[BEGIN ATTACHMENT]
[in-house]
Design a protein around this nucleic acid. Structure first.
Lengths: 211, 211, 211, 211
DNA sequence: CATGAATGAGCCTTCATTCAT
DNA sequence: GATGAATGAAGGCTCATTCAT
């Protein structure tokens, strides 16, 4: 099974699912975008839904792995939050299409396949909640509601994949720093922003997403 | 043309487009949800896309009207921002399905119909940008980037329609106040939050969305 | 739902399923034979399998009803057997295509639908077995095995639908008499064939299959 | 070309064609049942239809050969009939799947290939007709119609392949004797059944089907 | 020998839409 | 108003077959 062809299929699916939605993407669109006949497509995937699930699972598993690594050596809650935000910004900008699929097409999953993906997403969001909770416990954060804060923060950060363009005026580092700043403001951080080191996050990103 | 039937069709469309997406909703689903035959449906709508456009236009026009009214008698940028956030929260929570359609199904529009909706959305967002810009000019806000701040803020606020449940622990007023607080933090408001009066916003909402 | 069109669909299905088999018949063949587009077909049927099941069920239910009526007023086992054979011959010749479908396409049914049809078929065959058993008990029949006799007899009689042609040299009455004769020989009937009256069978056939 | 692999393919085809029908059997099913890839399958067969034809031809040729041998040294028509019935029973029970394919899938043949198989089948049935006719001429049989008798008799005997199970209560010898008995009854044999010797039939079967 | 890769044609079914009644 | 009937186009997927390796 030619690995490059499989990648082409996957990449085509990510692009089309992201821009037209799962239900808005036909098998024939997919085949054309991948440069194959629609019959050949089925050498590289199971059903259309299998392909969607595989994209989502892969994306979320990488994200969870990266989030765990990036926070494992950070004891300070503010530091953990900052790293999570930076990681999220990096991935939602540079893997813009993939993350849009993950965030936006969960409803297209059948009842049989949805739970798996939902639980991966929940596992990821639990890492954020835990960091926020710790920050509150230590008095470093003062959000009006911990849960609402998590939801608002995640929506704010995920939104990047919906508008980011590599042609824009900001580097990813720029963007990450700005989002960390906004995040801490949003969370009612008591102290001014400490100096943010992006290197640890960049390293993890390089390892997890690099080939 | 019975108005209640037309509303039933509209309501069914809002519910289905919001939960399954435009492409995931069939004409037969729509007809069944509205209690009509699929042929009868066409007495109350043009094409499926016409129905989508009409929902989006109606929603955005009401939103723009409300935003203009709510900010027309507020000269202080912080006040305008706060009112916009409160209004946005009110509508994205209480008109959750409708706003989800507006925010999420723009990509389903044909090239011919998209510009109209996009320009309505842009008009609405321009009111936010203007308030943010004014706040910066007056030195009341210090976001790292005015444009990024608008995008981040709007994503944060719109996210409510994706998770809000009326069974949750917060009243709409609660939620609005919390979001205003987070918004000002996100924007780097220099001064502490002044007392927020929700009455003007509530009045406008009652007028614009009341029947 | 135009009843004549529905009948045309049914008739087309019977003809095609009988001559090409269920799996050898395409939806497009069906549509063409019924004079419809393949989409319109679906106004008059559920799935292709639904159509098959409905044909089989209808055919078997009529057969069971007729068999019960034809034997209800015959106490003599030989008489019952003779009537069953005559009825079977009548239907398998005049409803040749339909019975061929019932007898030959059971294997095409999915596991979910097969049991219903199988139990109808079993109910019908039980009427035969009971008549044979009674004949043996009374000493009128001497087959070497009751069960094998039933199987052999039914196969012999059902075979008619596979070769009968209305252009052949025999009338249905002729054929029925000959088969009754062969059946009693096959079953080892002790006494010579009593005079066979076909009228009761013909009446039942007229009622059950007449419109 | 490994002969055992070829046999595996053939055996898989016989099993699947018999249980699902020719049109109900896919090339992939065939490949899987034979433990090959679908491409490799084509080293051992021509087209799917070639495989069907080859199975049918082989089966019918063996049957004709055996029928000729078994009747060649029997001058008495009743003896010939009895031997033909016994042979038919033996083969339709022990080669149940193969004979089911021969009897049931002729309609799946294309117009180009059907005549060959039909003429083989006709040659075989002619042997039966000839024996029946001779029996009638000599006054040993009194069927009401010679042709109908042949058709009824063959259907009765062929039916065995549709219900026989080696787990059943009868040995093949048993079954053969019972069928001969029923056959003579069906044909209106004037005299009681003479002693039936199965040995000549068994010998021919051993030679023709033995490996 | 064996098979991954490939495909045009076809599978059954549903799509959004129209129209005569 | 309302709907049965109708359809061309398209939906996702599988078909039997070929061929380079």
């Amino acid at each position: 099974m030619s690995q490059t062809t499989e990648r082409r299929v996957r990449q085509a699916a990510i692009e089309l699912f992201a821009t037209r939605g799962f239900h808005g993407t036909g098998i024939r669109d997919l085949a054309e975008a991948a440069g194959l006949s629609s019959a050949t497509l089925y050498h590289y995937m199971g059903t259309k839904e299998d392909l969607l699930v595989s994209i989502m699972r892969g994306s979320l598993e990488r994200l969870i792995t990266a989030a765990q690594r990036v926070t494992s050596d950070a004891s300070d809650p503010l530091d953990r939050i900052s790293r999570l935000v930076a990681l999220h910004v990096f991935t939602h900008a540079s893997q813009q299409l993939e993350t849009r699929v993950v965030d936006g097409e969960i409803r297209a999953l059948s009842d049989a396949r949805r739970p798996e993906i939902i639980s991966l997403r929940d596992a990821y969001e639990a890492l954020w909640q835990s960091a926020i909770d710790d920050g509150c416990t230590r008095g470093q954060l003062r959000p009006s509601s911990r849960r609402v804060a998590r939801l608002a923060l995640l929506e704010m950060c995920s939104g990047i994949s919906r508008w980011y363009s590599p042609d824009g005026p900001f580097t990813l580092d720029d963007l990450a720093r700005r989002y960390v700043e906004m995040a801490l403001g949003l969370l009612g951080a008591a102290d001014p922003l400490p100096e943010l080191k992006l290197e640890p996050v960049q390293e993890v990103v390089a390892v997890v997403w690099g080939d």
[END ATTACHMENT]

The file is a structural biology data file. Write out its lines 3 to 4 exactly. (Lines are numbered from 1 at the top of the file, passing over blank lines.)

Lengths: 211, 211, 211, 211
DNA sequence: CATGAATGAGCCTTCATTCAT